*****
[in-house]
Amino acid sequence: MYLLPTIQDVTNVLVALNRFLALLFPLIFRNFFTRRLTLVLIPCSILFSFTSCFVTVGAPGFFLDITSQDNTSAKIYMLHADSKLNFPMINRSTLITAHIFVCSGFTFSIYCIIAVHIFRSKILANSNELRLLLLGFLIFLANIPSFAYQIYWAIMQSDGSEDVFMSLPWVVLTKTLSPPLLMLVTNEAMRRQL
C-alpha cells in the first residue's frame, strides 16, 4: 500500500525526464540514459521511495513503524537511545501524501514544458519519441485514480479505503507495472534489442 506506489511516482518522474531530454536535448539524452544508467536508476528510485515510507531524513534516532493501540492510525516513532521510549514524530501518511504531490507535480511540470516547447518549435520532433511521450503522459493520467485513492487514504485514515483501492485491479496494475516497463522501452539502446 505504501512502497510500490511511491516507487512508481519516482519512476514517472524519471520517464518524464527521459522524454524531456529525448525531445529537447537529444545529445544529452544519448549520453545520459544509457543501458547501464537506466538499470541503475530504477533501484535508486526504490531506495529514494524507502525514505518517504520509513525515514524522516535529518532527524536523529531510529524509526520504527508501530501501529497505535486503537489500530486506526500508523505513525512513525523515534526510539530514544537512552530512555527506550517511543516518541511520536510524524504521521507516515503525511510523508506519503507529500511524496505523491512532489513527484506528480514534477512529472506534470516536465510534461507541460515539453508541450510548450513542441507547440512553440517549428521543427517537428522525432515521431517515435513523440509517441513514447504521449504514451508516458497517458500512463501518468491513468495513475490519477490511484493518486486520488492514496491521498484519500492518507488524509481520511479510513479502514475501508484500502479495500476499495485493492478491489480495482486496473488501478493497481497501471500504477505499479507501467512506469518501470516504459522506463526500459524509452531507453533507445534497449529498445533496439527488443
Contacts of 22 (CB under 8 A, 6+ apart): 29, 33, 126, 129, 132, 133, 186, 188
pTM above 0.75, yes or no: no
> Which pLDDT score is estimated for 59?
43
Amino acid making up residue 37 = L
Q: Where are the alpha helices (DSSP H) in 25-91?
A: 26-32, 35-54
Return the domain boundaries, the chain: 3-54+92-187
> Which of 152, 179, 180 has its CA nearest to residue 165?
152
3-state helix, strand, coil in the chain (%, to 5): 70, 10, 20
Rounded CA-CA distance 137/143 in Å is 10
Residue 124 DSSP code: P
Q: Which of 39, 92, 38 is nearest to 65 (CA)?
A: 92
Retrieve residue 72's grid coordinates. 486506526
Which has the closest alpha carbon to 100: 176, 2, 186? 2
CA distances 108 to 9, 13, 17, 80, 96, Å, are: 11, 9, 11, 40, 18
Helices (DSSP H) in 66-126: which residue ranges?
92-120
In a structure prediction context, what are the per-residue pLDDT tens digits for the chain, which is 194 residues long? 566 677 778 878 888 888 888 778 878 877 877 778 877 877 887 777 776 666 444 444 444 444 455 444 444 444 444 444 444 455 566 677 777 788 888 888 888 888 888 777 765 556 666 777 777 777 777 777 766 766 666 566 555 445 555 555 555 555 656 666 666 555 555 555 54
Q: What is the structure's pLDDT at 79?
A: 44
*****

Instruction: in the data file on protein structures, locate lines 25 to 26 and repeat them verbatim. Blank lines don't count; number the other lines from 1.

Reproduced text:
Q: What is the structure's pLDDT at 79?
A: 44